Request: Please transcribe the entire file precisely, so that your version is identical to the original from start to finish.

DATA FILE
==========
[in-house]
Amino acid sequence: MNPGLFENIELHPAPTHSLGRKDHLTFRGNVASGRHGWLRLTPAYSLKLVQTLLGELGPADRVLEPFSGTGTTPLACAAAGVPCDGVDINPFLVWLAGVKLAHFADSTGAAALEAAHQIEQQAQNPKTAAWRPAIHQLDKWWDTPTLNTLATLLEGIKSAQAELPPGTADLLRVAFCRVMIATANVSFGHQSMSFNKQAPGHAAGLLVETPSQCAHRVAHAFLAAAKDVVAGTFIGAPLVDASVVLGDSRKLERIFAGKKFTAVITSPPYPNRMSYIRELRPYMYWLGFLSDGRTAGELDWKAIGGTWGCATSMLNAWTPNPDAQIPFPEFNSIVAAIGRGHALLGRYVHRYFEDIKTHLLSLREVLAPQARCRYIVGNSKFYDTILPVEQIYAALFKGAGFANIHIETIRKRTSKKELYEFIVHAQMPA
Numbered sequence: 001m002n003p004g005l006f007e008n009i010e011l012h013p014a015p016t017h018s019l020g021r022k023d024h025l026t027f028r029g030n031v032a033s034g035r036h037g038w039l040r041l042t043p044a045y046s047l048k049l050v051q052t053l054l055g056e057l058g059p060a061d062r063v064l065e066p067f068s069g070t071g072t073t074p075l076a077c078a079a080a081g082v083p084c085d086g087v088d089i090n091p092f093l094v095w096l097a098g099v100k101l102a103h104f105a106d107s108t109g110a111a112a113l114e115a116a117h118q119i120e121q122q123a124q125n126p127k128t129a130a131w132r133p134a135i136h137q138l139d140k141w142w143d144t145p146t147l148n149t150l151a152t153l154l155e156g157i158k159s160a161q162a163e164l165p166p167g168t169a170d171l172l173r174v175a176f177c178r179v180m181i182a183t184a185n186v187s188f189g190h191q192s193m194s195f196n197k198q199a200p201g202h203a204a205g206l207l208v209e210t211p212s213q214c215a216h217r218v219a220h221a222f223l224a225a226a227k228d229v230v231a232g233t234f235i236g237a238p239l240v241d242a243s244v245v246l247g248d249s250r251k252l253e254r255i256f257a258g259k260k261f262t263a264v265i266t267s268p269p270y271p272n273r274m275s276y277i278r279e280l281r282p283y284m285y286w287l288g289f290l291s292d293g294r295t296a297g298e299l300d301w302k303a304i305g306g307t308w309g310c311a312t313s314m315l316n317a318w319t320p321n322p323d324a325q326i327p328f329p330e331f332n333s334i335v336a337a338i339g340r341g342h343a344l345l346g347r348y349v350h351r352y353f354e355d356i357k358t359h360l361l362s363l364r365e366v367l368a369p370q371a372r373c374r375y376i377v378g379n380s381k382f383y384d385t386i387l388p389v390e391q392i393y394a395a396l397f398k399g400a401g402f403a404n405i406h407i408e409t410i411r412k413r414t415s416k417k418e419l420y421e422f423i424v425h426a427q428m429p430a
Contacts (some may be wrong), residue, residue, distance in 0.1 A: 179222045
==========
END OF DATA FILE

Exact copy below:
[in-house]
Amino acid sequence: MNPGLFENIELHPAPTHSLGRKDHLTFRGNVASGRHGWLRLTPAYSLKLVQTLLGELGPADRVLEPFSGTGTTPLACAAAGVPCDGVDINPFLVWLAGVKLAHFADSTGAAALEAAHQIEQQAQNPKTAAWRPAIHQLDKWWDTPTLNTLATLLEGIKSAQAELPPGTADLLRVAFCRVMIATANVSFGHQSMSFNKQAPGHAAGLLVETPSQCAHRVAHAFLAAAKDVVAGTFIGAPLVDASVVLGDSRKLERIFAGKKFTAVITSPPYPNRMSYIRELRPYMYWLGFLSDGRTAGELDWKAIGGTWGCATSMLNAWTPNPDAQIPFPEFNSIVAAIGRGHALLGRYVHRYFEDIKTHLLSLREVLAPQARCRYIVGNSKFYDTILPVEQIYAALFKGAGFANIHIETIRKRTSKKELYEFIVHAQMPA
Numbered sequence: 001m002n003p004g005l006f007e008n009i010e011l012h013p014a015p016t017h018s019l020g021r022k023d024h025l026t027f028r029g030n031v032a033s034g035r036h037g038w039l040r041l042t043p044a045y046s047l048k049l050v051q052t053l054l055g056e057l058g059p060a061d062r063v064l065e066p067f068s069g070t071g072t073t074p075l076a077c078a079a080a081g082v083p084c085d086g087v088d089i090n091p092f093l094v095w096l097a098g099v100k101l102a103h104f105a106d107s108t109g110a111a112a113l114e115a116a117h118q119i120e121q122q123a124q125n126p127k128t129a130a131w132r133p134a135i136h137q138l139d140k141w142w143d144t145p146t147l148n149t150l151a152t153l154l155e156g157i158k159s160a161q162a163e164l165p166p167g168t169a170d171l172l173r174v175a176f177c178r179v180m181i182a183t184a185n186v187s188f189g190h191q192s193m194s195f196n197k198q199a200p201g202h203a204a205g206l207l208v209e210t211p212s213q214c215a216h217r218v219a220h221a222f223l224a225a226a227k228d229v230v231a232g233t234f235i236g237a238p239l240v241d242a243s244v245v246l247g248d249s250r251k252l253e254r255i256f257a258g259k260k261f262t263a264v265i266t267s268p269p270y271p272n273r274m275s276y277i278r279e280l281r282p283y284m285y286w287l288g289f290l291s292d293g294r295t296a297g298e299l300d301w302k303a304i305g306g307t308w309g310c311a312t313s314m315l316n317a318w319t320p321n322p323d324a325q326i327p328f329p330e331f332n333s334i335v336a337a338i339g340r341g342h343a344l345l346g347r348y349v350h351r352y353f354e355d356i357k358t359h360l361l362s363l364r365e366v367l368a369p370q371a372r373c374r375y376i377v378g379n380s381k382f383y384d385t386i387l388p389v390e391q392i393y394a395a396l397f398k399g400a401g402f403a404n405i406h407i408e409t410i411r412k413r414t415s416k417k418e419l420y421e422f423i424v425h426a427q428m429p430a
Contacts (some may be wrong), residue, residue, distance in 0.1 A: 179222045